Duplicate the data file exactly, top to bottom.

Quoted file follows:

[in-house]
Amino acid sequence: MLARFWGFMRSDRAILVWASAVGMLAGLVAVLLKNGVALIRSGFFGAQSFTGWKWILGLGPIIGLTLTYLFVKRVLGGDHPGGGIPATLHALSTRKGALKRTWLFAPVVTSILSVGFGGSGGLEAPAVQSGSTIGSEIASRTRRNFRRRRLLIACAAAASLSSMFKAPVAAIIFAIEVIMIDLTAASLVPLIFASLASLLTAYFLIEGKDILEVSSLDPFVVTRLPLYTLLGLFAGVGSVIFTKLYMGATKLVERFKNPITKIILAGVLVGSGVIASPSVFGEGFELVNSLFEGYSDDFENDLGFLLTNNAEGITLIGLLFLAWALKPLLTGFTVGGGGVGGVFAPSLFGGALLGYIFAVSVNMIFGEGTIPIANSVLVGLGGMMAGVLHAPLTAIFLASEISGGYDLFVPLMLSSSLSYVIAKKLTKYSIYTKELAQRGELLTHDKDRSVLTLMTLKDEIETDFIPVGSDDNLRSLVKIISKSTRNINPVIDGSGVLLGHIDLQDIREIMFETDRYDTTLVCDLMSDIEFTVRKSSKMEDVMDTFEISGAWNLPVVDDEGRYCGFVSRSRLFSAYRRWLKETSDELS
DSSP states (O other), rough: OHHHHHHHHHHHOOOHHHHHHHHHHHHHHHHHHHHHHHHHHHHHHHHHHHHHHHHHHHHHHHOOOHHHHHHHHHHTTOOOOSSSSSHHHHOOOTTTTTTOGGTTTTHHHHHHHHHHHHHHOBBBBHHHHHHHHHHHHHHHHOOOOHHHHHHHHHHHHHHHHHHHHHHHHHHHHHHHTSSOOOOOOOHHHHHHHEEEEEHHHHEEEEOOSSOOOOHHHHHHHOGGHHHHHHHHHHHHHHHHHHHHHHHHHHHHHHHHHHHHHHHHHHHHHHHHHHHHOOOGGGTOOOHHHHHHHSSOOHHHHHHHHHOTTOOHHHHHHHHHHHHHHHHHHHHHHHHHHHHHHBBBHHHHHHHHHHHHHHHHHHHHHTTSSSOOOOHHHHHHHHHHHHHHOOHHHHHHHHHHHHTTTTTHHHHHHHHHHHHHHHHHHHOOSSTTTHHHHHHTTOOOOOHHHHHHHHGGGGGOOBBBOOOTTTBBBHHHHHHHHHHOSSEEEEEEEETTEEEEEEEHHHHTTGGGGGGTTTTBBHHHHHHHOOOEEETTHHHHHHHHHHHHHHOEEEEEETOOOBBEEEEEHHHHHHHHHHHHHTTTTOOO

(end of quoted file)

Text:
[in-house]
Amino acid sequence: MLARFWGFMRSDRAILVWASAVGMLAGLVAVLLKNGVALIRSGFFGAQSFTGWKWILGLGPIIGLTLTYLFVKRVLGGDHPGGGIPATLHALSTRKGALKRTWLFAPVVTSILSVGFGGSGGLEAPAVQSGSTIGSEIASRTRRNFRRRRLLIACAAAASLSSMFKAPVAAIIFAIEVIMIDLTAASLVPLIFASLASLLTAYFLIEGKDILEVSSLDPFVVTRLPLYTLLGLFAGVGSVIFTKLYMGATKLVERFKNPITKIILAGVLVGSGVIASPSVFGEGFELVNSLFEGYSDDFENDLGFLLTNNAEGITLIGLLFLAWALKPLLTGFTVGGGGVGGVFAPSLFGGALLGYIFAVSVNMIFGEGTIPIANSVLVGLGGMMAGVLHAPLTAIFLASEISGGYDLFVPLMLSSSLSYVIAKKLTKYSIYTKELAQRGELLTHDKDRSVLTLMTLKDEIETDFIPVGSDDNLRSLVKIISKSTRNINPVIDGSGVLLGHIDLQDIREIMFETDRYDTTLVCDLMSDIEFTVRKSSKMEDVMDTFEISGAWNLPVVDDEGRYCGFVSRSRLFSAYRRWLKETSDELS
DSSP states (O other), rough: OHHHHHHHHHHHOOOHHHHHHHHHHHHHHHHHHHHHHHHHHHHHHHHHHHHHHHHHHHHHHHOOOHHHHHHHHHHTTOOOOSSSSSHHHHOOOTTTTTTOGGTTTTHHHHHHHHHHHHHHOBBBBHHHHHHHHHHHHHHHHOOOOHHHHHHHHHHHHHHHHHHHHHHHHHHHHHHHTSSOOOOOOOHHHHHHHEEEEEHHHHEEEEOOSSOOOOHHHHHHHOGGHHHHHHHHHHHHHHHHHHHHHHHHHHHHHHHHHHHHHHHHHHHHHHHHHHHHOOOGGGTOOOHHHHHHHSSOOHHHHHHHHHOTTOOHHHHHHHHHHHHHHHHHHHHHHHHHHHHHHBBBHHHHHHHHHHHHHHHHHHHHHTTSSSOOOOHHHHHHHHHHHHHHOOHHHHHHHHHHHHTTTTTHHHHHHHHHHHHHHHHHHHOOSSTTTHHHHHHTTOOOOOHHHHHHHHGGGGGOOBBBOOOTTTBBBHHHHHHHHHHOSSEEEEEEEETTEEEEEEEHHHHTTGGGGGGTTTTBBHHHHHHHOOOEEETTHHHHHHHHHHHHHHOEEEEEETOOOBBEEEEEHHHHHHHHHHHHHTTTTOOO